The only mural of Caravaggio goes up for auction in Rome

In a dark room of a Roman villa the only known mural of Caravaggio. This painting, which has survived the centuries, is the greatest treasure of a palace that will now be auctioned to settle a debt of its noble owners, among them the widowed 'princess' who inhabits it, surrounded by memories.

"Living here is quite lonely since my beloved husband died, but it is also a great honor and responsibility"the heiress Rita Jenrette, a blonde actress from Texas, the third wife of the aristocrat Nicolò Boncompagni Ludovisi, who died in 2018, assures Efe.

The Villa de la Aurora, as it is known, is a fascinating place. Not only for his architecture -a building of 2,800 square meters spread over six floors and with a wonderful garden in the heart of Rome- but for its impressive artistic heritage.

Unique mural by Caravaggio

In its vaults you can see frescoes and murals of the great masters since the 'Cinquecento', such as the allegory of the Aurora by the great Guercino, as well as dozens of portraits of the great men of the Lodovisi family, birthplace of patrons, cardinals and even two popes.

Its effigies defy the passage of time and the few visitors who come to this cold and ancient palace, with a glorious past but now dusty, with threadbare carpets, dampness, chips and illuminated by chandeliers without all their bulbs.

The surprise comes on the first floor, which is accessed by a narrow spiral staircase, in the vault of a small room until recently used as a closet and which is decorated with a painting whose authorship has been certified: Michelangelo Merisi Caravaggio. It is the only mural -not fresco- of the master, dated 1597, and represents the low angle view of a celestial sphere surrounded by Jupiter, Neptune and Pluto, the latter with his penis in sight.

An allegory whose meaning is very important, since it is known that a cardinal used this place as an alchemy laboratory, and hence the presence of the three gods, who represent air, water and fire, the capital elements of that mysterious science. "It is the only Caravaggio mural in the world"agrees the heiress.

The Roman palace that guards the only mural by Caravaggio. EFE

The villa, up for auction

The woman talks to Efe on the ground floor of the palace, sitting with her back to a table full of well-framed photographs and lots of books. "Are you vaccinated?", he inquires as soon as he appears from the doorway of a dimly lit door.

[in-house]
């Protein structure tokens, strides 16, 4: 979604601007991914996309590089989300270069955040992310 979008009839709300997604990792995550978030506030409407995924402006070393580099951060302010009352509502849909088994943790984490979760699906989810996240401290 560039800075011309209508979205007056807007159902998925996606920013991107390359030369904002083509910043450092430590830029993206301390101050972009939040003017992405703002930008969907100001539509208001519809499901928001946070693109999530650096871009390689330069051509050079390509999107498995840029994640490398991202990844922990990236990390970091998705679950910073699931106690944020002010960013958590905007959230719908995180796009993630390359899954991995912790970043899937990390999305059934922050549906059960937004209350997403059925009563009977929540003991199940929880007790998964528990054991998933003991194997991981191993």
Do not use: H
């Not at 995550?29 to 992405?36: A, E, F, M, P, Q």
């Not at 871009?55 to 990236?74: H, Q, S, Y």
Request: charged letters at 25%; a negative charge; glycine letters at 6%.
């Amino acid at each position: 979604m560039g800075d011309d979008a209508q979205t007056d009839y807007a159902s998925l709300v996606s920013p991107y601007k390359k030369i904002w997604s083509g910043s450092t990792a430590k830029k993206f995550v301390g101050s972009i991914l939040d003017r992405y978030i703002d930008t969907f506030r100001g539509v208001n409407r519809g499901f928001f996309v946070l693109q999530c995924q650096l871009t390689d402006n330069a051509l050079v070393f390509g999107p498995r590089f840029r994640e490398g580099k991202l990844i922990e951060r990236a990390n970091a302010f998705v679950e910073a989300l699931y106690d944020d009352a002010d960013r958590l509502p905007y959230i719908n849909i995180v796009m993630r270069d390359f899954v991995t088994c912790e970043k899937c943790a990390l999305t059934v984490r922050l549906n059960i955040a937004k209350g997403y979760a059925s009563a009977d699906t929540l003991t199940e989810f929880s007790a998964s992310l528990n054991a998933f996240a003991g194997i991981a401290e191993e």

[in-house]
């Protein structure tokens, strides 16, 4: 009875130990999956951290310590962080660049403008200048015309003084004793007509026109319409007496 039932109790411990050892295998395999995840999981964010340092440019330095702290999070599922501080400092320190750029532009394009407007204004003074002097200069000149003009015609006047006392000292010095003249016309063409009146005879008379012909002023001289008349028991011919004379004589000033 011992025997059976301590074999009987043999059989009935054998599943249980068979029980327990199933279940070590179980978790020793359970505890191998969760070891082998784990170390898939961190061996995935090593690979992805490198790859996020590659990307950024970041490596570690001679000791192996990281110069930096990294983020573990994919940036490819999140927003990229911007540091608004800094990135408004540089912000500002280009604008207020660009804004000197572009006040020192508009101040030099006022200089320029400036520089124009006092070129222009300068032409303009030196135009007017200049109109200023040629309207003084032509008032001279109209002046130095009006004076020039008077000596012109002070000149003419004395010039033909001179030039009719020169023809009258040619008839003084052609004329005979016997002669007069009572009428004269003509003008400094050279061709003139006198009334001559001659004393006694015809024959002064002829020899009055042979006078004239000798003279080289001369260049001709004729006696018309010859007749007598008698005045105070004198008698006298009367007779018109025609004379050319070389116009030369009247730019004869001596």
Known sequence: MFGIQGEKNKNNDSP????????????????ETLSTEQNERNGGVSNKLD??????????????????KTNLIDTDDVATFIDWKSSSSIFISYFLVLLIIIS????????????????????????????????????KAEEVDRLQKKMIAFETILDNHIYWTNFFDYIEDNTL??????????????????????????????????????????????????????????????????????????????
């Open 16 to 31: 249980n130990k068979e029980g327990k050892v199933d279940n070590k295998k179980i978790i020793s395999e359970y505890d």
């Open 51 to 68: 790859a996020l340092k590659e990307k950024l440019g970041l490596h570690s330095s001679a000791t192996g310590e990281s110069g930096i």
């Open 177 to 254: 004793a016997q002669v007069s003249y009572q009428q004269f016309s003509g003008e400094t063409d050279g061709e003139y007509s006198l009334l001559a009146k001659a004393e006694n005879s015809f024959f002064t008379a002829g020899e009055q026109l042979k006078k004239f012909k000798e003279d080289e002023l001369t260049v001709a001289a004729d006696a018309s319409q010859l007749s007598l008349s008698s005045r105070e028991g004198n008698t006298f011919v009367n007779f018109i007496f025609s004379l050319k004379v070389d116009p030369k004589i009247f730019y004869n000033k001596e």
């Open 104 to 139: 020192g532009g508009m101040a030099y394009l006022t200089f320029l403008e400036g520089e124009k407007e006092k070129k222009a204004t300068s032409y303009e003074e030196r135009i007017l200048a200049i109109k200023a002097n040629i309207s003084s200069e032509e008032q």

Jenrette, with a history as an actress and journalist in her country, spent 18 years with whom in 2009 she became her husband, owner of the place. From him, he says, he inherited the palace and also the symbolic title of "princess" ... which he does not disdain, as can be seen in his smile. "I lived eighteen years, almost two decades, with my loving husband and gave me the rights of use for life and a large percentage in case I had to sell it", he assures, without entering into the heir struggle that he maintained with the children of the nobleman's first marriage.

He currently resides on the top floor, while the rest of the place remains almost in disuse, and enlists the help of Veronica, an affable, big-eyed Ukrainian enchanted by anyone who drops by and offers conversation.

The Court of Rome has decided that the villa must be sold or put up for auction on January 18 so that the Ludovisi heirs, apparently unable to maintain the building, pay off a tax debt. "It was not my decision", acknowledges the" princess. "The judge has determined the starting price of this place at 353 million euros (392 million dollars), although the expert raised it to 471 million (528 million dollars), while historians insist in that its value is imponderable.

Jenrette even assures that about fifteen years ago the Microsoft mogul, Bill Gates, offered about 200 million dollars (178 million euros), although her husband preferred not to sell.

Something that will now be inevitable by the will of a judge, marking with El Hierro of the decline to one of the most powerful families in the history of Rome, now devoid of its distinguished abode.

Expert word

The historian of the University of La Sapienza, Alessandro Zuccari, was commissioned by the judge to appraise the building and after a year snooping through its wealth, he came to the conclusion that it was simply "incalculable," he explains to Efe.

The mansion was known to have a painting attributed to Caravaggio and in 1979 a historian published it as "probable". But since then all scholars have agreed to defend his authorship: "No doubts", ditch. In any case the professor warns that the new owner will not be able to do what he likes and the State will force him to take care of his delicate works of art. Because for something it is one of the most unique palaces in the Eternal City.


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